Sri Lanka has been breaking its tourism records since the end of the Civil War in 2009, with a 200%+ rise in Tourism since then, and it recently breaking the 2 million tourist arrival benchmark this December, a huge step towards the aim of 4 million arrivals by 2020. Whilst this is still an incredibly ambitious number in a short space of time, the momentum is certainly encouraging, and whilst it is easy to compare tourism numbers with neighbouring countries, according to tourist population density to the size of the Island, Sri Lanka actually proves to be one of the most effective in the SE Asia region beating Vietnam, Indonesia and India.
Now as the national figures are very impressive, the capital city, Colombo, still face the same dilemma from before - tourists only staying 1 or 2 nights before spending the majority of their trip around the country. Those who stay in the capital tend to be for business purposes, and the hotels targetting these visitors have seen a general upsurge in demand, and has therefore encouraged further development activity in this sector. The challenge for the Sri Lankan Tourism Development Authority is that there are, in the opinion of the tourists themselves, not enough things to do in Colombo to warrant staying for longer. Most city destinations that have higher overnight stays tend to offer a greater diversity of activities and experiences, such as theatre, restaurants, shopping, gaming, landmarks, history and heritage, art and culture, and nightlife, where the diversity of visitor alone creates a buzz within the city that becomes its own sense of attraction (as seen through the many alfresco diners watching the crowds pass by). With upcoming mixed-development projects Cinnamon Life, Shangri-La, ITC one, and ANYA, Colombo will begin to offer a variety of international city-standard retail, leisure and entertainment facilities, whilst still lacking essential framing and recogniition of heritage, religious, and art and theatre culture that are also essential. This in our mind is a major gap that needs to be addressed as part of the greater Colombo Masterplan, and what we have addressed in our 'Colombo 30' project, to bring the level of diversity needed in Colombo to make it a competitive international city. This we believe will evolve over the next decade and a half through effective planning and an open international marketing of experts who have experience in cultivating these environments in the many historic cities of Europe for example.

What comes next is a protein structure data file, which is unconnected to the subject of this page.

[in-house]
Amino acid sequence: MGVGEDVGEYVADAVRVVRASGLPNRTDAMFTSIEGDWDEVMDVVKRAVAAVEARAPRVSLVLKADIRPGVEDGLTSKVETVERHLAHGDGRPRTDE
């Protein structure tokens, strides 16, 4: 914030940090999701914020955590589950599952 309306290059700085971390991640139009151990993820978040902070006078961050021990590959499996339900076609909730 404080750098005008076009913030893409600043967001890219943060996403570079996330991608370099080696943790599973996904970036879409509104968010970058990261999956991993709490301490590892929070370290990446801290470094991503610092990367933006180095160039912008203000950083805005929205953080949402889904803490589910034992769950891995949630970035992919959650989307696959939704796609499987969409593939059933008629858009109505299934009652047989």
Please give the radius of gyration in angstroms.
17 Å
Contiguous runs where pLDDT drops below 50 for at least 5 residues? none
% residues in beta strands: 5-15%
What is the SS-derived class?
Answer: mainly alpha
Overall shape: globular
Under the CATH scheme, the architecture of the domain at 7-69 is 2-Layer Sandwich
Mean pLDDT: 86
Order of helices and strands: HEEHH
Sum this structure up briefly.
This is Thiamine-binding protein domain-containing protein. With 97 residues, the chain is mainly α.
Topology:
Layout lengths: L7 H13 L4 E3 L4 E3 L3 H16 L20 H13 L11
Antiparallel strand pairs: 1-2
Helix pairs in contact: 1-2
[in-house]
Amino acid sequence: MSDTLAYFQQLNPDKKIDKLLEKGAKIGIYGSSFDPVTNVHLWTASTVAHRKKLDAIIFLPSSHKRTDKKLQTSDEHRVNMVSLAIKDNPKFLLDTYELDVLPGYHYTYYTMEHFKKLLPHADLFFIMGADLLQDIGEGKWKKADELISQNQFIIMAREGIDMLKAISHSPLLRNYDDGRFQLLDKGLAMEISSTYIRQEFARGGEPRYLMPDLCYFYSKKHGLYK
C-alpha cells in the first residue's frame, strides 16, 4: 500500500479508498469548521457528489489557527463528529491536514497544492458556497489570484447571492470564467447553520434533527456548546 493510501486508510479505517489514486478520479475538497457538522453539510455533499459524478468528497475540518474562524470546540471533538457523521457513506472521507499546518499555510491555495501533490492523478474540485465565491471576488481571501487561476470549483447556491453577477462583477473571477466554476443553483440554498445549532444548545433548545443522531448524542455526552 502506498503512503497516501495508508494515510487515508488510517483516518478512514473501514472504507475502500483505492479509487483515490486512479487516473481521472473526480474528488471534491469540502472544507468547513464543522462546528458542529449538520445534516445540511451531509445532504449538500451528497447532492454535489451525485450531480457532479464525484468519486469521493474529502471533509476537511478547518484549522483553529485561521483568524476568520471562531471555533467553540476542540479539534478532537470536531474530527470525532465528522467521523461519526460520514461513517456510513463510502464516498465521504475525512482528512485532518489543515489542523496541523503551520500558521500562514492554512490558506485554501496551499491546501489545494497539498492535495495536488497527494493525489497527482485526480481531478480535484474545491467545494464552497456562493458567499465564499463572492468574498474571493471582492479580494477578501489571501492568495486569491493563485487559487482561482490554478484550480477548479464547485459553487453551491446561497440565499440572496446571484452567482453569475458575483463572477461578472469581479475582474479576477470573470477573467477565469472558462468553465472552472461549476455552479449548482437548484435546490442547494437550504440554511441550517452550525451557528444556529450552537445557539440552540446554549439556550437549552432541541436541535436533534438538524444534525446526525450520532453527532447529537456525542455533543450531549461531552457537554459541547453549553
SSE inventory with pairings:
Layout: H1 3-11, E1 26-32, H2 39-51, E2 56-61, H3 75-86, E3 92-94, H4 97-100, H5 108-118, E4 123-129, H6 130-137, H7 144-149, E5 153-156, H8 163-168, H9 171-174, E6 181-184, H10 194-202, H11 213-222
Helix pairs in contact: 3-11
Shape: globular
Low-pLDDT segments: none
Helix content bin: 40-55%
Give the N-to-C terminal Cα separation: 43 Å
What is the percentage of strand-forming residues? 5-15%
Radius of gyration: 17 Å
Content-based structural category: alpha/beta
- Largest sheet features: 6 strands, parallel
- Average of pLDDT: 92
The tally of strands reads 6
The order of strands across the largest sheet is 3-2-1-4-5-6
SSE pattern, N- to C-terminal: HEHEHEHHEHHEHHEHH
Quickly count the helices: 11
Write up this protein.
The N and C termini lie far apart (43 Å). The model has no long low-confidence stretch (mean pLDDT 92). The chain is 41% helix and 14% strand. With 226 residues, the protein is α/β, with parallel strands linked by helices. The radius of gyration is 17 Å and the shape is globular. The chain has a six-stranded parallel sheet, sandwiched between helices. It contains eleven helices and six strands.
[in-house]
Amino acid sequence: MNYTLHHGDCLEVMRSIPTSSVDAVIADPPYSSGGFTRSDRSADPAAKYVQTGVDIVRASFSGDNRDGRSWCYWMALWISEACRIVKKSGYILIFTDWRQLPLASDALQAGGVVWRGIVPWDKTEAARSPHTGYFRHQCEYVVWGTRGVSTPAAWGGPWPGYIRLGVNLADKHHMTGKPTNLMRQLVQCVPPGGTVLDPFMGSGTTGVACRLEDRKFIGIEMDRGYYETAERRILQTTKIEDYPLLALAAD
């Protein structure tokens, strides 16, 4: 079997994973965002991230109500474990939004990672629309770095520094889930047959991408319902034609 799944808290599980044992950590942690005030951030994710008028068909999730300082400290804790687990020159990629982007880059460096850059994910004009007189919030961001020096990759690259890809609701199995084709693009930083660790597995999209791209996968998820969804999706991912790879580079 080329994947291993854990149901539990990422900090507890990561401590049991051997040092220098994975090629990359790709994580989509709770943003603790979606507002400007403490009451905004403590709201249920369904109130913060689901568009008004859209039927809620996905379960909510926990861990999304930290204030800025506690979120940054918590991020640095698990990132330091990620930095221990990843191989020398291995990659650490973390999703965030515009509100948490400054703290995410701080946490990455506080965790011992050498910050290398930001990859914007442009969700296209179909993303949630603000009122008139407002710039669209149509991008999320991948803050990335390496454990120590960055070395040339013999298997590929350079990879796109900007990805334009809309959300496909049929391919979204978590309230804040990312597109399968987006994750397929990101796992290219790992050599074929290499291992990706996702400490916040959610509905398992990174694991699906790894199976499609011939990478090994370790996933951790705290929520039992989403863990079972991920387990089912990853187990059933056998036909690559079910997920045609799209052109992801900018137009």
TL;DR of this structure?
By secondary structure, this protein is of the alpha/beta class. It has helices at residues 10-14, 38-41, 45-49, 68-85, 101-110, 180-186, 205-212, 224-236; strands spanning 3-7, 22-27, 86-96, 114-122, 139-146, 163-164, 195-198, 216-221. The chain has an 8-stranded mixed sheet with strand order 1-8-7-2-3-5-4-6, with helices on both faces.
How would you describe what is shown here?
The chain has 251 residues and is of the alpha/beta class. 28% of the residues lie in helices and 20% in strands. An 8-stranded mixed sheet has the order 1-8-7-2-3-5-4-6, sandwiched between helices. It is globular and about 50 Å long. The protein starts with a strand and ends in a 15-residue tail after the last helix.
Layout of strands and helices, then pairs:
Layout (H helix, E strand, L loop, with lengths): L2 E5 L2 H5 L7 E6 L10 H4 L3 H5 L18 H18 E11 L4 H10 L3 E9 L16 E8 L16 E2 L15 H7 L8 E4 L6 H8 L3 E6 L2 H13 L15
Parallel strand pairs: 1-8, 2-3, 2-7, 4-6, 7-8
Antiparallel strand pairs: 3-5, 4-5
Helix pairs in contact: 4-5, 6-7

In all, we see Colombo remaining a predominantly business orientated and minimal tourist-centric space for the near future, but there is a serious need for that social infrastructure to be built up, where a cultural diversity can begin enriching the largely impersonal nature of the city. This is an opportunity that must be explored.